IT'S easy to feel punch drunk from all the job losses this area has suffered over the past five years.

We reported recently that in 2011 and 2012, Newport suffered the most net private sector job losses of any city in the UK in percentage terms, with 3,400 positions lost.

Over that period, Newport lost 6.5 per cent of its private sector jobs.

The statistics came in a report from think tank Centre for Cities, analysing the most recent government data about the 64 largest UK cities.

It also outlined how Newport had the eighth highest percentage of the population receiving Jobseekers’ Allowance in November 2013.

In March 2011, Yell closed its Newport call centre at the cost of 40 jobs, followed by defence firm Cassidian shedding 157 jobs in July 2011. Carpetrite closed its Newport store that year and TJ Hughes went into administration, resulting in the closure of its Newport branch.

In 2012, Duffryn-based Panasonic outsourced 164 jobs to Vietnam.

That, of course, doesn't include the thousands of public sector job losses in Gwent over the past five years because of spending cuts.

Now, the threat to up to 650 jobs at the Avana Bakeries site in Rogerstone - and the possible closure of the factory, is a huge body blow to the local economy.

Many are painting Marks & Spencer as the villain here - it withdrew its contract for cakes and desserts and switched production to a firm in Oldham.

And there is a growing social media campaign calling on M&S to re-think its decision.

I hope against hope that it does. But experience has taught me that once hard business decisions have been taken - such as the cutting off of a relationship between the two firms which has lasted 75 years - they are seldom rescinded.

Now, the company running Avana, 2 Sisters, is trying to replace the work for its Rogerstone workforce.

But here's the thing which staggers me: the M&S contract made up 85 per cent of this plant's work.

That is a huge mountain to climb.

Other local businesses in the area which might well feel the force of the local economy contracting if the jobs are lost, along with South Wales East Assembly Member Jocelyn Davies, are quite rightly asking how this situation can have been allowed to develop.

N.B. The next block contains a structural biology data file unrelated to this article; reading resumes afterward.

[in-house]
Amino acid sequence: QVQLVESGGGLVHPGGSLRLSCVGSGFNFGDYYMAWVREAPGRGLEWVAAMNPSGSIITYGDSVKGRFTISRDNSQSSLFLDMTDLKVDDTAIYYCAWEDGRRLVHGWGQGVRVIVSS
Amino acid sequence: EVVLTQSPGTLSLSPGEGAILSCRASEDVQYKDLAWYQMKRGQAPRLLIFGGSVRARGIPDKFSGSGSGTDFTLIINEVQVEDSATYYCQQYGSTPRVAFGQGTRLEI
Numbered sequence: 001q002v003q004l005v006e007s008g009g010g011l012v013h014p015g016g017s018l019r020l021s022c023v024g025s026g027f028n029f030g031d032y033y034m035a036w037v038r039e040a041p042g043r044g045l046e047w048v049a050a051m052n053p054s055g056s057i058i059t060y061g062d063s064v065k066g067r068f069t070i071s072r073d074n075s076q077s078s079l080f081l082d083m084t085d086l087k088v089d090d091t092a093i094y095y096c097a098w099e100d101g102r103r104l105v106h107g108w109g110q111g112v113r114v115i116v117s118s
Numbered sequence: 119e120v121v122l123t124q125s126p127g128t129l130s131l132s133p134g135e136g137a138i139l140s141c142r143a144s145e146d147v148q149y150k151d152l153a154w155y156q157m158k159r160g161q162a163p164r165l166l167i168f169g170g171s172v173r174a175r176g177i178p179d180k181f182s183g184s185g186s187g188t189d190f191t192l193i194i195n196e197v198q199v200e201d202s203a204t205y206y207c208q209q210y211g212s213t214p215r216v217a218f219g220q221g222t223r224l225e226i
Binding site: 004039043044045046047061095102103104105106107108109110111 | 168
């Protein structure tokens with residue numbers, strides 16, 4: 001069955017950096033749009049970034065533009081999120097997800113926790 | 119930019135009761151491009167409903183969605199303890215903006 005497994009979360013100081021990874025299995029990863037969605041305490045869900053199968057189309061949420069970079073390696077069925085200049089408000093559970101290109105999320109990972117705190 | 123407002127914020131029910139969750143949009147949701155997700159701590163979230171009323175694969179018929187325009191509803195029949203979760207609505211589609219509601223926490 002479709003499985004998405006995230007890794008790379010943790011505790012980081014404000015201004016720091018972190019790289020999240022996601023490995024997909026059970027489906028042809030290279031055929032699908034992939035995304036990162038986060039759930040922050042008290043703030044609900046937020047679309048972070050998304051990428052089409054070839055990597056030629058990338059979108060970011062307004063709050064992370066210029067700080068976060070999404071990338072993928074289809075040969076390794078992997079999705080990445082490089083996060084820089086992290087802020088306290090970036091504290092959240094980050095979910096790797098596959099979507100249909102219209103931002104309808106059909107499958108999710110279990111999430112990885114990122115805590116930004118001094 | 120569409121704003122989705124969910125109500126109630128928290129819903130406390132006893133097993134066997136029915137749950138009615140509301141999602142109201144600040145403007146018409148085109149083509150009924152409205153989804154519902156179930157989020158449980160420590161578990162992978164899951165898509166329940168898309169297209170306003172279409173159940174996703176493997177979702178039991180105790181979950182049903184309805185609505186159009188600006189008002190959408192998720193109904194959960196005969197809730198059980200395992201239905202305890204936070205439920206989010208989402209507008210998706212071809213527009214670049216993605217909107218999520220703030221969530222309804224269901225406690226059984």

Anyone who runs a business would know how vulnerable such a situation makes any site and any workforce.

And I have to ask myself, how many other businesses are in the same situation? How many are relying upon age-old contracts for the bulk of their businesses? How many more loyal and productive workers might lose their jobs because of it?

There has to be a better way. Common sense tells me that any business should always be seeking alternative sources of work in these dark days. And that workforces need to be pushing for that to happen to secure their futures.

It is simply no good firms complacently believing that the status quo will always prevail.

Workers, their families, and the shops and other businesses in the area which depend on their spending, deserve so much better.

AMAZING how quickly it all comes back. The early slinking out of Wembley Stadium in 1998 when the French put 51 points on a dire Welsh side unable to score a point, French fans joyously waving live cockerels at us as we left.

The early 1990s Irish drubbing of Wales which left their fans so full of the spirit of winning that they lay along a closed St Mary Street in a green herringbone pattern, some singing The Wild Rover, others giggling as we red-wearing fans stepped gingerly over them.

My English colleague looks at me with baleful gaze when I mention this and says, in an exasperated fashion: "It's only one game!"

Only one defeat.

Yes, yes, but it's the MANNER.

The manner brings back some kind of Post FIve Nations Stress Disorder to those of us old enough to have endured Wales' nadir as a rugby nation.

There are grandfathers taking their small grandchildren upon their knee across Wales right now and telling them: "See, young 'un, that's why Grancha has grey hair."

Occasionally, we meet another survivor. We always know - the age, the haunted look in the eye, the twitching when someone mentions the names Ibanez or Lamaison.

We never speak of it.

I have one message to Gatland and his side. I am going to the French match. Don't make an old woman very unhappy.